A blog about a first-time house owner learning to maintain his backyard, and thoughts about nature, science, history, and life.

Thursday, January 31, 2013

Lots of Water

The creeks have been swollen lately with rain and snowmelt. The above photo is of the top of the waterfall at the west end of Beebe Lake.  The water is overtopping the dam along its whole arcing length, and the falls are roaring.  I took this photo on Wednesday.  After well over an inch of rain across the area on Wednesday night, I'm sure the falls were frothing today.  Much of this water, of course, passed by my dock, following the course of Fall Creek from its headwaters, through Freeville, and on to Beebe Lake.  Below these waterfalls, Fall Creek passes through a deep, narrow gorge (frequented by Cornell students when it's warm out) then tumbles over the Niagara of Ithaca, Ithaca Falls, on its way to Cayuga Lake.  These falls are likely the source of Fall Creek's name...though most creeks in the Ithaca area have waterfalls.  Once the weather makes its inevitable turn toward warmer temperatures and the trails become safe again, I'll begin visiting some of these sites.

I'm Back

Please excuse me for not posting so much in the last couple of weeks.  I was out of town attending to family matters for much of that time.  But I've been collecting material for the blog in the meantime.  I have a work deadline coming up, but I hope to be able to resume posting later tonight.  Stay tuned!

Friday, January 25, 2013

Extreme Weather Grows in Frequency and Intensity Around the World

I posted not too long ago about how 2012 was the warmest year in the instrumental record across the U.S., and I also showed how it's been warmer in many places around the globe.  But this broad-brushes reality.  It's been a cold winter in Russia.  They've had snow recently in Israel.  This doesn't negate the overall trend towards global warming. - on the whole, the world is still warming - but the fluctuations in the weather seem to have gone a little haywire.  It reminds me a little bit of watching a seismograph during a small earthquake...the needle is jumping up and down a lot quicker and a bit farther than we're used to.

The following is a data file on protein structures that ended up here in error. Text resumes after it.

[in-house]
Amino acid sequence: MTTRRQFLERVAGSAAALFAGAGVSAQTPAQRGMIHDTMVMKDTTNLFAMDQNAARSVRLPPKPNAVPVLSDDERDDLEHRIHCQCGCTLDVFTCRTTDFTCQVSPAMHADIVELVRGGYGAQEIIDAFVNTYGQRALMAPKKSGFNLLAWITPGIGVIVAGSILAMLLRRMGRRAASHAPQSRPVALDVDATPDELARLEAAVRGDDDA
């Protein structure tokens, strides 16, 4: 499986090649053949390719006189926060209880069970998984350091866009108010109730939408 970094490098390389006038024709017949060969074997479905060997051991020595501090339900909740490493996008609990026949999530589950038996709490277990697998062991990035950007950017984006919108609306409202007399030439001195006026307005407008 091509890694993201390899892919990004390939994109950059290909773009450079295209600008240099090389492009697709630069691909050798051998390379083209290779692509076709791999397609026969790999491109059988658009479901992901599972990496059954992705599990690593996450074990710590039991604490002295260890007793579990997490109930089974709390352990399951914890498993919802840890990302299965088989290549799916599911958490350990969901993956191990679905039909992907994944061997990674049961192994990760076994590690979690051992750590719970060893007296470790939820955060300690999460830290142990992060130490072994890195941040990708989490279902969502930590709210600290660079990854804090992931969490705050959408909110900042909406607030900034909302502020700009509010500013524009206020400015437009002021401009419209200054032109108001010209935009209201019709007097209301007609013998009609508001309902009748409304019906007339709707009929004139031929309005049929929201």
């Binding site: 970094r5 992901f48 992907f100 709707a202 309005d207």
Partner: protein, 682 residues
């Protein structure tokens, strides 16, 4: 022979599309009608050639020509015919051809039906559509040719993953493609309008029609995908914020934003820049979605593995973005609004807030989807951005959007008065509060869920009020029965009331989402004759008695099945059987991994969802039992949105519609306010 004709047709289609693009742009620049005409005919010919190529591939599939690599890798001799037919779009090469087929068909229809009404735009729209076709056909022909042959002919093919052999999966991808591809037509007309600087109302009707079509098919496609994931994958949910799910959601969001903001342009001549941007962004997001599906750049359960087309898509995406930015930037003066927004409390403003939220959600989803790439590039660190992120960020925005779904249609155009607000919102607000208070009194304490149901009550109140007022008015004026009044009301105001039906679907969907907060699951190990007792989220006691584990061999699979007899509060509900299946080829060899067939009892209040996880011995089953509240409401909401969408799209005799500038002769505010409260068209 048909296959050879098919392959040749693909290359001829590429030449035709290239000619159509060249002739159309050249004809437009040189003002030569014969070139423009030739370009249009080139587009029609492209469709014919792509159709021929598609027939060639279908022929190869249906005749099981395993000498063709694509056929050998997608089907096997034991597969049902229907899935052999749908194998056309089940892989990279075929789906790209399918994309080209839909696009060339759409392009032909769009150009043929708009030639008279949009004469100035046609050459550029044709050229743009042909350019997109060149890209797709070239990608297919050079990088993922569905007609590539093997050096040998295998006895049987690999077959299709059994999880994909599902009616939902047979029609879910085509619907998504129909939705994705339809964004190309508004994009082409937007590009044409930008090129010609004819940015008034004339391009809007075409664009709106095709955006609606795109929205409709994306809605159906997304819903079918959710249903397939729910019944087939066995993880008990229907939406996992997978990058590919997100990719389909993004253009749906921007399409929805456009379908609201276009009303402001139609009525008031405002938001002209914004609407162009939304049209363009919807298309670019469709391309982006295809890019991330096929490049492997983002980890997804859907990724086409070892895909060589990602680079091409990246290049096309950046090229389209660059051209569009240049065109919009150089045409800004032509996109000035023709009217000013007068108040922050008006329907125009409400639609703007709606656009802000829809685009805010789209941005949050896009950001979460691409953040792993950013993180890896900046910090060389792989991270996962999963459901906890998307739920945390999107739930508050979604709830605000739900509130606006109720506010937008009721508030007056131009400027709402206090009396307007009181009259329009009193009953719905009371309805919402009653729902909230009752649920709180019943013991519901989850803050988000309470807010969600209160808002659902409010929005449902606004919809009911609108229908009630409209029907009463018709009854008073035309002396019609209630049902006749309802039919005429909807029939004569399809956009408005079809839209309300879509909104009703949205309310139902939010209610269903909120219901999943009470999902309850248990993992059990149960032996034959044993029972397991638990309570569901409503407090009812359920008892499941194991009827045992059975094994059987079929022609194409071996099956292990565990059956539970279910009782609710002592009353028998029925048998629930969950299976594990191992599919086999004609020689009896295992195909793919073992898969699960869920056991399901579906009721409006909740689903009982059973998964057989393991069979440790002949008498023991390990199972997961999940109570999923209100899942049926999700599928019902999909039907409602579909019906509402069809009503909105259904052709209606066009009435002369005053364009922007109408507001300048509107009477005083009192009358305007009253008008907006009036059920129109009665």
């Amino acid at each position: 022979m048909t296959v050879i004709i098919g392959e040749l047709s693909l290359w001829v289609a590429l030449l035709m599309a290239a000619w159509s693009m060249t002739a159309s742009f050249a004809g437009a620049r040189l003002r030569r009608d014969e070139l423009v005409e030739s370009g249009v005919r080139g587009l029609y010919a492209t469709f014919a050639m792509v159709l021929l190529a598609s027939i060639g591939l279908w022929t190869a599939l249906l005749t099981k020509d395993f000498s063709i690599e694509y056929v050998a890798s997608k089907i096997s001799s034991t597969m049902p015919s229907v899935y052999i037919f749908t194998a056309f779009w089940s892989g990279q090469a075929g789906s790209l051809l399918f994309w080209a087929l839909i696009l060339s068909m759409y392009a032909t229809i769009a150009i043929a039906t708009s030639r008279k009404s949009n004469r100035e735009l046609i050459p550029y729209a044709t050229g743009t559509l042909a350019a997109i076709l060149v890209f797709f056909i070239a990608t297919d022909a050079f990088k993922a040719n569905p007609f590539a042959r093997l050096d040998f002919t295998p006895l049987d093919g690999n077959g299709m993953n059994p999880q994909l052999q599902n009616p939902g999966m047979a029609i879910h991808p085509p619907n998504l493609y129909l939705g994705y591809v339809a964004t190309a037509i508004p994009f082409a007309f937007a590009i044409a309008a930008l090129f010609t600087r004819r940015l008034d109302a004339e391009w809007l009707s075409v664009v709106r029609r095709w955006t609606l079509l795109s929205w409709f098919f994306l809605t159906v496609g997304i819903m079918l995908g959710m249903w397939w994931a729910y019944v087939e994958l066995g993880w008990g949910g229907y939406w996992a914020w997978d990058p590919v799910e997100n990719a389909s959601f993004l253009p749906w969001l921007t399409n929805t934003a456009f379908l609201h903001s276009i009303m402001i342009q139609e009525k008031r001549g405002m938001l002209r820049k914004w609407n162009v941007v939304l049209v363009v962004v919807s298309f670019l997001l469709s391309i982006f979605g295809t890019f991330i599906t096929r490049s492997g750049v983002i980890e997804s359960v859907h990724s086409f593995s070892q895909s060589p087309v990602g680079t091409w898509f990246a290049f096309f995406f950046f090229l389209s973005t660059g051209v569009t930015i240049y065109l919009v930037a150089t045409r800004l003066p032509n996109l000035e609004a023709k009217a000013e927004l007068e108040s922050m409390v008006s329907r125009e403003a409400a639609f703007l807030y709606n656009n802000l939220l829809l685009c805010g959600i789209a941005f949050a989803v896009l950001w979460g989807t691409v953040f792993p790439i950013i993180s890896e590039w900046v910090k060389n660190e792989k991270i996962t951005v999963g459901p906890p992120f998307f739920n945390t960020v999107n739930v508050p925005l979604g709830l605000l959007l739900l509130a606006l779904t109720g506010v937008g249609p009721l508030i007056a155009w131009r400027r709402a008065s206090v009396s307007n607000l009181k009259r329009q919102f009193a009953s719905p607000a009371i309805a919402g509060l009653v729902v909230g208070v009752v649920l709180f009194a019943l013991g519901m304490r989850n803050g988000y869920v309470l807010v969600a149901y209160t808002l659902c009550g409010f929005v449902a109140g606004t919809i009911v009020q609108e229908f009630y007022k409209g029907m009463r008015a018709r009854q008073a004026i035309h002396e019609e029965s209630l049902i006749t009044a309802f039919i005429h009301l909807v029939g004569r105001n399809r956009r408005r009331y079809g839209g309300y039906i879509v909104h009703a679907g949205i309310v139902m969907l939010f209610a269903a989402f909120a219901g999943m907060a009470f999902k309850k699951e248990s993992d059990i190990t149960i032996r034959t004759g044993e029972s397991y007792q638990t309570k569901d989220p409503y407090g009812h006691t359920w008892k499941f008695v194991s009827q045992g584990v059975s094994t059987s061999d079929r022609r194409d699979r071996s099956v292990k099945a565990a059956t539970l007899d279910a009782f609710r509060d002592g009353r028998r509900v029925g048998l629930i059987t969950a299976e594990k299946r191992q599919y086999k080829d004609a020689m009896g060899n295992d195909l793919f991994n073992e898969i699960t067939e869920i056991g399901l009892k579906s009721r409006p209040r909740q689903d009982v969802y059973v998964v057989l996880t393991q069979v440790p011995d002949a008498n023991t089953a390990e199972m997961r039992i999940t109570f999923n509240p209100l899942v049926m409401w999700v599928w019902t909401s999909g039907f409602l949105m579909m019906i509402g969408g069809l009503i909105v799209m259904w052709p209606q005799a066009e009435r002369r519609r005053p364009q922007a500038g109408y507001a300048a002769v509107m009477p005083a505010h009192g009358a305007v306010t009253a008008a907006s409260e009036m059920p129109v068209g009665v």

The dual nature of the weather - hot and cold, wet and dry - reminds me of the increasing polarization in the world: Democrat and Republican, Liberal and Conservative, Secular and Religious, Economic and Social, and so on.  Now I'm not saying that this is the cause.  From our Western perspective, with our assumption that nature operates of its own accord, or by God's will, depending on one's view, it's crazy to think that our way of viewing the world and interacting with the world actually affects how the world works!  But it is an interesting correlation, nevertheless.

Here's the article from the New York Times.

Extreme Weather Grows in Frequency and Intensity Around the World

Tuesday, January 22, 2013


Knowing some of my most loyal readers, I imagine that they're pretty familiar with the famous Footprints poem.  The basic premise is that the writer saw two sets of footprints, until one set disappeared.  The natural assumption of the writer was that those footprints - the one set remaining - were hers.  But no, that was when she had been carried through her troubles by the help of the other one with her.

I open with this reference because I looked out the front door to a befuddling sight: one set of footprints.  Here are some photos:

Above, here's my view out the front door: the first thing I saw.  It was just one set of footprints, awfully close to the house.  Most of the footprints that I've seen in the backyard were deer footprints, so I naturally assumed that these were deer footprints as well. 

I looked to the left of the door from the screened-in porch, though, and I got more confused.  I now clearly saw two sets of footprints.  

I looked even farther to the left, and I saw that the two sets of footprints had merged into one path with two distinct sets of prints. Then, finally, I thought to look to the right of the door.

Now I began to see what I was dealing with...something sneaky!  Two deer - or something else? - entered the yard via the same path, then took different paths as they approached the porch.  But, just to be sure, I opened the front door...

Yup, cat prints!  And right along the brick wall of the porch.  Just as cats slide along, rubbing against your leg, a couch, or the leg of a chair, here one had moved right along the grating brick edge of the porch.

I think the "cat effect" in the Footprints poem is the other footprints, the ones that aren't there, like the ones that aren't in the photos: the ones that I made getting out to my car to go into work, and the ones that I later made to check the mail and take a short walk in the brisk air tonight.  I'm referring to the actions and impacts that we all have on each other.  We have no idea just how much influence our words and actions have on the lives of others.  So, like cats, even if we're sneaky, we should try to make a good impression, in hopes that our words and actions will return to us with even greater potency.  And maybe some warm milk.